This is a close-up of NGC 7252, which is also called the Atoms for Peace Galaxy. Chaotic streams of stars encircle the galaxy and two much longer arms extend into widefield images of the galaxy but are cut off in this one. Clearly, a lot of rearrangement of stars is going on, here. It’s obvious that a collision has taken place but it’s not at all obvious how the shells form which you can see as concentric rings encircling the nucleus. There are a lot of other examples of shells in the archive but due to visual interest and aesthetics they will never be as well known by the public as majestic spiral galaxies.
I combined a rather strange set of data to create this image. The chip gap had to be filled with cloned data for the green channel but not for the blue or red so this is two parts Frankenstein and one part hack job. Red represents three combined bandpasses of infrared, green is actually blue light and blue is ultraviolet and blue light.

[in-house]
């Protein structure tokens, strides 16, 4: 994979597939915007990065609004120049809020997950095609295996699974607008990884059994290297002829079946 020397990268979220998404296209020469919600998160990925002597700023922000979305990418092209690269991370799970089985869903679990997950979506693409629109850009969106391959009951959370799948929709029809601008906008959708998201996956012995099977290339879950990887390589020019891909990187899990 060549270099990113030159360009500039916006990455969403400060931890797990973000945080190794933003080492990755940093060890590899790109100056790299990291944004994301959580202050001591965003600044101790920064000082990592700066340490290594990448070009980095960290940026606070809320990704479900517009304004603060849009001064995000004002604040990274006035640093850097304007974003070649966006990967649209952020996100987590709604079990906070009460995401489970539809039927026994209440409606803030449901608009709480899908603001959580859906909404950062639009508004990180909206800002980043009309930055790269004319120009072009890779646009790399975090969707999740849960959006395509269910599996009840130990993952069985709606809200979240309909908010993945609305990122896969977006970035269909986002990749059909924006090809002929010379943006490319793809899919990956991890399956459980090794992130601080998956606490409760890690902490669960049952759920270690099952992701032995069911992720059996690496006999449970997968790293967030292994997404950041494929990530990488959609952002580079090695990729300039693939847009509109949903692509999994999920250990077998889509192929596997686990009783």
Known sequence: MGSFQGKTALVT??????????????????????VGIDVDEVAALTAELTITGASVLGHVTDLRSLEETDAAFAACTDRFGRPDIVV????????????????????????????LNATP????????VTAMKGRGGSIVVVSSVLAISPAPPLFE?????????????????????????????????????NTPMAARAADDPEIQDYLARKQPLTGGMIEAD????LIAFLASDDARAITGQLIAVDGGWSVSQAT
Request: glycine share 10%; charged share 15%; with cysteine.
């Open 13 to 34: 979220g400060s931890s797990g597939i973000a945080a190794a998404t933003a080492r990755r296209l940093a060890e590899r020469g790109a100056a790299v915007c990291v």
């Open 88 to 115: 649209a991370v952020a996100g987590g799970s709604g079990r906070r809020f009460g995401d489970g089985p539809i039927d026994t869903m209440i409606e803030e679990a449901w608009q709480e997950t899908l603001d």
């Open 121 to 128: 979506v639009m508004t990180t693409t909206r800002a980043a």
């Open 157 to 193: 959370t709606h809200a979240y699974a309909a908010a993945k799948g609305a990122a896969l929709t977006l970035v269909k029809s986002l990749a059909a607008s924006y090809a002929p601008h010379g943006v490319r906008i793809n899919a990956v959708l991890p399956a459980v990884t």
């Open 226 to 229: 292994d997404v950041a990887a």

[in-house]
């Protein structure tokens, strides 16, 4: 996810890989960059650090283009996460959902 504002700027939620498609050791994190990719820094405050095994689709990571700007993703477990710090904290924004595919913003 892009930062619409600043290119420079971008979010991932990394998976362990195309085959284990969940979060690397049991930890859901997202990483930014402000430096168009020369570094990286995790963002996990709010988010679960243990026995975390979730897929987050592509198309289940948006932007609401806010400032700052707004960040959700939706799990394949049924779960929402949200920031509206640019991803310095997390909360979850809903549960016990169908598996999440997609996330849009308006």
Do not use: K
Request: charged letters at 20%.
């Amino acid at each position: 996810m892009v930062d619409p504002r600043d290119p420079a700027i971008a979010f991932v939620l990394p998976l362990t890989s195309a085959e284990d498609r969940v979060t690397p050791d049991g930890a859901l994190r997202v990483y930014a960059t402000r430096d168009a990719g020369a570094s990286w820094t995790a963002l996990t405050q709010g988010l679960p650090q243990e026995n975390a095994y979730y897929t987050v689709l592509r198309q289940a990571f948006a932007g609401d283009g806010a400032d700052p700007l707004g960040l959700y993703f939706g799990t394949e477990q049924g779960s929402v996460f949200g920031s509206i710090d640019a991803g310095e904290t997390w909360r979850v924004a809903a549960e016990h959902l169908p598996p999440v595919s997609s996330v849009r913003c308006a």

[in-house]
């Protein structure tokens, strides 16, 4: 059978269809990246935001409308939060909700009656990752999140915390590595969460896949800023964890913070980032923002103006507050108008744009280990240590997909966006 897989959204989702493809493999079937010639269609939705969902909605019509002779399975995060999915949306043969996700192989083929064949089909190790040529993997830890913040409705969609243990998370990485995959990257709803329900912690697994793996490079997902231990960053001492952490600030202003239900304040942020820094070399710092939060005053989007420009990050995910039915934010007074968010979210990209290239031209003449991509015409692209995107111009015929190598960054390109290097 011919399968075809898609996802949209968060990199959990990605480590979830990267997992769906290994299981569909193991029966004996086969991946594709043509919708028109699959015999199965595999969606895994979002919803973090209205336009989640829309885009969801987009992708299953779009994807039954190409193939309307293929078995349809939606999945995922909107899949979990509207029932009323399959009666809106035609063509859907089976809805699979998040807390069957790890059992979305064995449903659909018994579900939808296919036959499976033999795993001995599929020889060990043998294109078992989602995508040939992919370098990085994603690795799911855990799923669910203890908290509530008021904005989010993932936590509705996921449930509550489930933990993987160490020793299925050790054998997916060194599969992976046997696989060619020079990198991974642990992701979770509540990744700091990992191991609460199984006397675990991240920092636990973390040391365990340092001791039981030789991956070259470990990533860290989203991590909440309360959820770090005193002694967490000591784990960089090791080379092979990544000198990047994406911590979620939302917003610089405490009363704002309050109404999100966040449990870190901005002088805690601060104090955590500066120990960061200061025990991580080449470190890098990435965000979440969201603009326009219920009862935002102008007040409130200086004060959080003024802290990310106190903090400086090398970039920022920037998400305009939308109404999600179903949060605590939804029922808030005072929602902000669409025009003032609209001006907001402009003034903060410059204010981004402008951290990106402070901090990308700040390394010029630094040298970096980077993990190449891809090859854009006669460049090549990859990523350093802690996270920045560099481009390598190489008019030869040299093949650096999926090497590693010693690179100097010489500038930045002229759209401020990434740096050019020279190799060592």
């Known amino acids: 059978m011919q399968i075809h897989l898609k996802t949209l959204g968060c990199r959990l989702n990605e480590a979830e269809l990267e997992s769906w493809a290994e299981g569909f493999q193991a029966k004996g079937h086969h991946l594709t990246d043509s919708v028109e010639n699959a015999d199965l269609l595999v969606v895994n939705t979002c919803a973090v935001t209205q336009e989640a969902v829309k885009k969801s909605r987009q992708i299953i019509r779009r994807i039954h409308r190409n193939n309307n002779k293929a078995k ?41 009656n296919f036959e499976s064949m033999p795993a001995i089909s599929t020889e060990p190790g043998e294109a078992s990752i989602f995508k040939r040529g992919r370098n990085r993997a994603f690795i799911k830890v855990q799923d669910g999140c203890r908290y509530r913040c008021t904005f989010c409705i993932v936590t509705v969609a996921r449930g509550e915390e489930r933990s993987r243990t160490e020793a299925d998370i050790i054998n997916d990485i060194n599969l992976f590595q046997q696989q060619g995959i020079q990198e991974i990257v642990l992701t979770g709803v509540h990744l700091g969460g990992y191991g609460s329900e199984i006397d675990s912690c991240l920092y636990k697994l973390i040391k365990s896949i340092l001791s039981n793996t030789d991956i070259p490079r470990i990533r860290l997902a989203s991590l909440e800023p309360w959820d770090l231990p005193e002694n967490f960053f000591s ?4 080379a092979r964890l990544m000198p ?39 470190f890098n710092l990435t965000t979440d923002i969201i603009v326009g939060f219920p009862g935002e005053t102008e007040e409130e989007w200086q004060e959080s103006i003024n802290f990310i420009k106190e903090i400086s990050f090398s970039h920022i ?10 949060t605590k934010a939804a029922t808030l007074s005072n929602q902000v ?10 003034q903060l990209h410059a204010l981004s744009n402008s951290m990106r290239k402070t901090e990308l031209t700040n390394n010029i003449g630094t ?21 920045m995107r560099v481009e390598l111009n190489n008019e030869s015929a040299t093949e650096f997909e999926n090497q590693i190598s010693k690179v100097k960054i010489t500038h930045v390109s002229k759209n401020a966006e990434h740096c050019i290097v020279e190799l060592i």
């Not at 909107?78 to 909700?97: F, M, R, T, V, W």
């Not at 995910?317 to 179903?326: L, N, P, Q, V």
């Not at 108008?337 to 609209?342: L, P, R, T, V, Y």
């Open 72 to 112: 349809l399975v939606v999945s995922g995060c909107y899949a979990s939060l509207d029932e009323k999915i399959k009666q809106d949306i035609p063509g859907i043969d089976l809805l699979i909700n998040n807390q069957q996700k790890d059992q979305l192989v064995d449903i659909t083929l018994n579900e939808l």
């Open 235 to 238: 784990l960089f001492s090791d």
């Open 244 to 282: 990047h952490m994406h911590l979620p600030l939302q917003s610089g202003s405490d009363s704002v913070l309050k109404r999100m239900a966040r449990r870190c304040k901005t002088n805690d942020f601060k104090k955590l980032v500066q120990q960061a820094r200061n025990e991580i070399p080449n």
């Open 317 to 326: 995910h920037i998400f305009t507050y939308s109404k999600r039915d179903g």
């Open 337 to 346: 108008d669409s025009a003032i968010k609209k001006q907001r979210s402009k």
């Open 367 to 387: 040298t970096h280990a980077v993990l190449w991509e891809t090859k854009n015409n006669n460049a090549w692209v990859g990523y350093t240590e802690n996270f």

The data I used came from these two proposals:
Luminosity Profiles of Extremely Massive Clusters in NGC 7252
Using Massive Star Clusters in Merger Remnants To Provide Reference Colors of Intermediate-Age Stellar Populations
Red: hst_11554_02_wfc3_uvis_f775w_sci + WFC3/IR IR F110W + WFC3/IR IR F160W
Blue: hst_11691_02_wfc3_uvis_f336w_sci + hst_11554_01_wfc3_uvis_f475w_sci
North is NOT up. It is 11° counter-clockwise from up.
Hubble data is public domain, but I put a lot of work into combining it into beautiful color images. The minimal credit line should read: NASA / ESA / J. Schmidt
This work is licensed under a Creative Commons Attribution 3.0 Unported License.